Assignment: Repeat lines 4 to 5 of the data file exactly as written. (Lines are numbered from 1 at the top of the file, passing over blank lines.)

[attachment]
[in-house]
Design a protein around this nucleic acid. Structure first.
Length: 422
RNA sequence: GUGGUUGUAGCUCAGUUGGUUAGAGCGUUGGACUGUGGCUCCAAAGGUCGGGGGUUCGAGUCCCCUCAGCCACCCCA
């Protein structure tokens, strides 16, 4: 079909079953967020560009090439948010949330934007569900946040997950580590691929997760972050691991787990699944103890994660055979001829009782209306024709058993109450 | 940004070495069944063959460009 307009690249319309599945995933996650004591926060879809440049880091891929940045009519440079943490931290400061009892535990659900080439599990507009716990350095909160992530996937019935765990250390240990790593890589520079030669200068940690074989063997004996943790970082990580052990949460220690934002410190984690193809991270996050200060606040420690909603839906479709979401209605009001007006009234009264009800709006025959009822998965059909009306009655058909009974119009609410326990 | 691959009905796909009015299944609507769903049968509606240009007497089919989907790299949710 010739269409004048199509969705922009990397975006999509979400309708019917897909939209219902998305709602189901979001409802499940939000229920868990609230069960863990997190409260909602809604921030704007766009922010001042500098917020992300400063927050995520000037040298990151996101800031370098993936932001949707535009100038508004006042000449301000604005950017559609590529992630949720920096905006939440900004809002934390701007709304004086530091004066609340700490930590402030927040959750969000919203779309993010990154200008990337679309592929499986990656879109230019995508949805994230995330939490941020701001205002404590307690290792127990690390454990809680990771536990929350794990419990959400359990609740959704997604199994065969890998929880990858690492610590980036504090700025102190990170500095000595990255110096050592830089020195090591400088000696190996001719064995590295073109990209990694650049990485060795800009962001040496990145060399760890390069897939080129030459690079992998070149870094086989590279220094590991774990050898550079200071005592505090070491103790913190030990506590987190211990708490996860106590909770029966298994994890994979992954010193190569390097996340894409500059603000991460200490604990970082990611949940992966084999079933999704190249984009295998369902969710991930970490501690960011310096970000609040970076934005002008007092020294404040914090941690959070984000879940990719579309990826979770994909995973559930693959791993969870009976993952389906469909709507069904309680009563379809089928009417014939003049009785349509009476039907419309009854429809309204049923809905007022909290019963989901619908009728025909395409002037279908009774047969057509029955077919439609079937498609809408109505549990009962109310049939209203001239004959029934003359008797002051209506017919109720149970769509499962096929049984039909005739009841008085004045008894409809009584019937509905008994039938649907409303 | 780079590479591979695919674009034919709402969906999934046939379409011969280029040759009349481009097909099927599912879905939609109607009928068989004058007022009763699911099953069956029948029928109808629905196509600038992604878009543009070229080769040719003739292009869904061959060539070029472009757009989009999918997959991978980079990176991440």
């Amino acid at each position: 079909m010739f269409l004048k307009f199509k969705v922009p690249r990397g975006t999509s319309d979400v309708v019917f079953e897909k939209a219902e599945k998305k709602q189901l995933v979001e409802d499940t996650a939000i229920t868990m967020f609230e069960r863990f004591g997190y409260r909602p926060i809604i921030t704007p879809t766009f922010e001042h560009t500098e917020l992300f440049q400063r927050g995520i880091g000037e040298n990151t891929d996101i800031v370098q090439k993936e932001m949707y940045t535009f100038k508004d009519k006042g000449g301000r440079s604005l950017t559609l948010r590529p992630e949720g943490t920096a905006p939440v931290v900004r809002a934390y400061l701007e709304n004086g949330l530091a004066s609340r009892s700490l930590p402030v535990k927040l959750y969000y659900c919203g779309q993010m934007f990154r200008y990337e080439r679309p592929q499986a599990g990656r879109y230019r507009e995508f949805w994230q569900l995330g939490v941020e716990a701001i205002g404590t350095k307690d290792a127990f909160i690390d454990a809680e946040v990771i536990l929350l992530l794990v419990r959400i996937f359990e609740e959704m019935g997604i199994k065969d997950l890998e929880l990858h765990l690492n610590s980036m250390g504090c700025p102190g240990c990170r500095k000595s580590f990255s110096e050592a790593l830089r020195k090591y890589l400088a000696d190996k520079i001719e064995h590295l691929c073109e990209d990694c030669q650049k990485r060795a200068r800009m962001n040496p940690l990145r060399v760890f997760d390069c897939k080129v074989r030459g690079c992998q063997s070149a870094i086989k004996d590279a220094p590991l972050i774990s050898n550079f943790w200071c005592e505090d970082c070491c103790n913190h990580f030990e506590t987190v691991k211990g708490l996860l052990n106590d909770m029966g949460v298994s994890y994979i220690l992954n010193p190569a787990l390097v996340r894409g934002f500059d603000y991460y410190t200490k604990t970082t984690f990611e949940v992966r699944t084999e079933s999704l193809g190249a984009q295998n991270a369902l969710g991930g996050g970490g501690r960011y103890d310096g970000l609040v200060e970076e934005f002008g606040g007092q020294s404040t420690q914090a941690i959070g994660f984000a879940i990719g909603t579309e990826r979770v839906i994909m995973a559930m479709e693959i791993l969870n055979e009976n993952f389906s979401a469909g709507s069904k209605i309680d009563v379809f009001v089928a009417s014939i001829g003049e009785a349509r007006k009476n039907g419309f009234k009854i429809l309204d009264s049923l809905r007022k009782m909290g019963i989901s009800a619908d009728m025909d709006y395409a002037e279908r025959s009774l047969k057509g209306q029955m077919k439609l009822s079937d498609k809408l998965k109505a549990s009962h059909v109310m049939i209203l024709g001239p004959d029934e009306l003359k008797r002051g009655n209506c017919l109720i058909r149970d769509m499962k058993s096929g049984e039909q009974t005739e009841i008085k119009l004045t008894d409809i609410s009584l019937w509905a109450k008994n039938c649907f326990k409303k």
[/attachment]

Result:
RNA sequence: GUGGUUGUAGCUCAGUUGGUUAGAGCGUUGGACUGUGGCUCCAAAGGUCGGGGGUUCGAGUCCCCUCAGCCACCCCA
């Protein structure tokens, strides 16, 4: 079909079953967020560009090439948010949330934007569900946040997950580590691929997760972050691991787990699944103890994660055979001829009782209306024709058993109450 | 940004070495069944063959460009 307009690249319309599945995933996650004591926060879809440049880091891929940045009519440079943490931290400061009892535990659900080439599990507009716990350095909160992530996937019935765990250390240990790593890589520079030669200068940690074989063997004996943790970082990580052990949460220690934002410190984690193809991270996050200060606040420690909603839906479709979401209605009001007006009234009264009800709006025959009822998965059909009306009655058909009974119009609410326990 | 691959009905796909009015299944609507769903049968509606240009007497089919989907790299949710 010739269409004048199509969705922009990397975006999509979400309708019917897909939209219902998305709602189901979001409802499940939000229920868990609230069960863990997190409260909602809604921030704007766009922010001042500098917020992300400063927050995520000037040298990151996101800031370098993936932001949707535009100038508004006042000449301000604005950017559609590529992630949720920096905006939440900004809002934390701007709304004086530091004066609340700490930590402030927040959750969000919203779309993010990154200008990337679309592929499986990656879109230019995508949805994230995330939490941020701001205002404590307690290792127990690390454990809680990771536990929350794990419990959400359990609740959704997604199994065969890998929880990858690492610590980036504090700025102190990170500095000595990255110096050592830089020195090591400088000696190996001719064995590295073109990209990694650049990485060795800009962001040496990145060399760890390069897939080129030459690079992998070149870094086989590279220094590991774990050898550079200071005592505090070491103790913190030990506590987190211990708490996860106590909770029966298994994890994979992954010193190569390097996340894409500059603000991460200490604990970082990611949940992966084999079933999704190249984009295998369902969710991930970490501690960011310096970000609040970076934005002008007092020294404040914090941690959070984000879940990719579309990826979770994909995973559930693959791993969870009976993952389906469909709507069904309680009563379809089928009417014939003049009785349509009476039907419309009854429809309204049923809905007022909290019963989901619908009728025909395409002037279908009774047969057509029955077919439609079937498609809408109505549990009962109310049939209203001239004959029934003359008797002051209506017919109720149970769509499962096929049984039909005739009841008085004045008894409809009584019937509905008994039938649907409303 | 780079590479591979695919674009034919709402969906999934046939379409011969280029040759009349481009097909099927599912879905939609109607009928068989004058007022009763699911099953069956029948029928109808629905196509600038992604878009543009070229080769040719003739292009869904061959060539070029472009757009989009999918997959991978980079990176991440």